Ford Michigan Assembly Plant Quietly Stops Production Of The Focus, C-Max

Ford C-Max Hybrid 11 photos
Photo: Ford
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After endless rumors and reports, the Focus and C-Max have been discontinued from Ford’s North American lineup. The Michigan Assembly Plant rolled off the final models on May 4th, 2018, and the automaker didn’t even celebrate the event.
From Automotive News: “The last day of production wasn't met with any official celebration. No TV news crews. No final group photo.” Reading between the lines, this is a fundamental change in the way the Ford Motor Company does business in North America. After all, trucks, crossovers, and SUVs reign supreme these days.

While there’s no direct replacement for the C-Max, the Focus will come back to the United States as the Focus Active in 2019. And it will be manufactured in Chongqing, China, following in the footsteps of the Yantai-built Buick Envision. Given these circumstances, what’ll happen to the Ford Michigan Assembly Plant?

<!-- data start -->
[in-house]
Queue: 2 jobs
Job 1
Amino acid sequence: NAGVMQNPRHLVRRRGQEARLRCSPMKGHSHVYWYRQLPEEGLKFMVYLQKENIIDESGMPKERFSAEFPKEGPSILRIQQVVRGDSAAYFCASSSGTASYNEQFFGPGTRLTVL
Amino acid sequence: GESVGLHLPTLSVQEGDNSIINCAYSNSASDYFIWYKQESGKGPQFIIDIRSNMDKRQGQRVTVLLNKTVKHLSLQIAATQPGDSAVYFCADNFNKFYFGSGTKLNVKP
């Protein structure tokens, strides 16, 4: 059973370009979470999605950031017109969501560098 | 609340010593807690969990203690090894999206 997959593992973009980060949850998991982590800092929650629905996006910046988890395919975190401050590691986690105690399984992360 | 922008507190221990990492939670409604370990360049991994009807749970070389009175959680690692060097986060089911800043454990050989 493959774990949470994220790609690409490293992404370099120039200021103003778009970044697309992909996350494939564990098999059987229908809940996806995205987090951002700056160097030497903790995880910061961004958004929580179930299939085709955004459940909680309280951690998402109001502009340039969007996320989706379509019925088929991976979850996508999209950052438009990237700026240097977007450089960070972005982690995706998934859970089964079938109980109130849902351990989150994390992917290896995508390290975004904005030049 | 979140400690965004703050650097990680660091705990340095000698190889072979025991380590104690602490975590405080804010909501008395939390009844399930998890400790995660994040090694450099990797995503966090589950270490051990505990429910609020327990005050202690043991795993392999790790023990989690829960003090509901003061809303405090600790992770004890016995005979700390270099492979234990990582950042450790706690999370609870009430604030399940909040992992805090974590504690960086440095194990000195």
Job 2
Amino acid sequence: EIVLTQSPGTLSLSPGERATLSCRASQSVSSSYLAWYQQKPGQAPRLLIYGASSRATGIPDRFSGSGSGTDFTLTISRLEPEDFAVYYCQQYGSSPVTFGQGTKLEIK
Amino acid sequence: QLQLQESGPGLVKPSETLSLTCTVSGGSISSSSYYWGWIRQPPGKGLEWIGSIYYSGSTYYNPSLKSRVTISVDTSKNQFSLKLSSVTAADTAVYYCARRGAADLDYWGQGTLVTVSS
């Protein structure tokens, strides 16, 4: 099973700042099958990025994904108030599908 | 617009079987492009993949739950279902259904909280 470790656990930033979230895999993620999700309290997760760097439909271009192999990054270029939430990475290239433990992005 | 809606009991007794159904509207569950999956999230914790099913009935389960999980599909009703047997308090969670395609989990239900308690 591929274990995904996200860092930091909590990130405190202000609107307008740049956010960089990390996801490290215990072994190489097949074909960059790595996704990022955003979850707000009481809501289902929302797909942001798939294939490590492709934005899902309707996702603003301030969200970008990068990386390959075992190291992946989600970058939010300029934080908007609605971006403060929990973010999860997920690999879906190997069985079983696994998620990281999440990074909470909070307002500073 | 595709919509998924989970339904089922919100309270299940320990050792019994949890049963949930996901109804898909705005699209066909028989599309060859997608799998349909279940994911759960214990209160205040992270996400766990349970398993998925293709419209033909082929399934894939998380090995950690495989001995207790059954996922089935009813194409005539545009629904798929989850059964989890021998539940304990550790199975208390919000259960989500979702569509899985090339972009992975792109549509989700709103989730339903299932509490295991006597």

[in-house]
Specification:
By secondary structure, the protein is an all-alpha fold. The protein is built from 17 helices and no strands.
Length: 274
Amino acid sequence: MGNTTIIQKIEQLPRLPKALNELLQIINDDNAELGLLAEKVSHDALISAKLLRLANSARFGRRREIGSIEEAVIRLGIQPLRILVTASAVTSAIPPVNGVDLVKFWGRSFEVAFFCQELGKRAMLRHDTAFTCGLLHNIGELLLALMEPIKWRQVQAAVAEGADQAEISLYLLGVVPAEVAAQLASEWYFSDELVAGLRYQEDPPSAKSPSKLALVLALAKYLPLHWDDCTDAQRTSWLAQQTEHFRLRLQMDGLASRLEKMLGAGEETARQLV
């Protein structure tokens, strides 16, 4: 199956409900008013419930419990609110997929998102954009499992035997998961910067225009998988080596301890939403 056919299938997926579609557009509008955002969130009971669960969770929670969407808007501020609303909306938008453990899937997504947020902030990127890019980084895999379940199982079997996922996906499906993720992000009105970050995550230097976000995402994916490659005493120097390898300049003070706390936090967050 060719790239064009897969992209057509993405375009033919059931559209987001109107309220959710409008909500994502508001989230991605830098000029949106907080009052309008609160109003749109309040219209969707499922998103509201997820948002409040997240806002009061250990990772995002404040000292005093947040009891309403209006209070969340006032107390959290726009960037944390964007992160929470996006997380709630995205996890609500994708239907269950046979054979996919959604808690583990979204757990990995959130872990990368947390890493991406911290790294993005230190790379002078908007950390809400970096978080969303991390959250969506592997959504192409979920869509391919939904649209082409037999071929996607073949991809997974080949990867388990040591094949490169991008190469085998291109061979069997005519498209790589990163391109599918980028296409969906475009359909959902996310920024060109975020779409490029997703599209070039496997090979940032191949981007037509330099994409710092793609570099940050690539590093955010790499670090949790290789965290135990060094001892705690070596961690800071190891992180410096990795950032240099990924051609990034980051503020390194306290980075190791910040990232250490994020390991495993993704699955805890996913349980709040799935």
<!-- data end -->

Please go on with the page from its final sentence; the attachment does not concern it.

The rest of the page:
As we speak, the Dearborn-based automaker is converting the facility to welcome the Ranger for the 2019 model year. And after the mid-size pickup truck, the Jeep Wrangler-rivaling 2020 Bronco will follow suit, riding on the Ranger’s platform.

In the coming years, the Fusion and Taurus will also be discontinued from the U.S. lineup, joining the Fiesta, Focus, and C-Max. The Mustang, therefore, will be the only passenger car manufactured in the United States by the Ford Motor Company. For the rest of the lineup, trucks and utility vehicles of all shapes and sizes will have to make do, ranging from the EcoSport to the Expedition and F-Series.

There’s even an all-electric SUV in the offing, developed by Team Edison and marketed as the Mach 1. What’s more, the Ford Motor Company confirmed that it would introduce hybridized versions of the Mustang, Escape, Explorer, and F-150.

On a related note, all new Ford models sold in the United States will have 4G LTE connectivity by 2019. Also from a technological standpoint, automatic emergency braking (AEB) will become standard by 2022.
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About the author: Mircea Panait
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After a 1:43 scale model of a Ferrari 250 GTO sparked Mircea's interest for cars when he was a kid, an early internship at Top Gear sealed his career path. He's most interested in muscle cars and American trucks, but he takes a passing interest in quirky kei cars as well.
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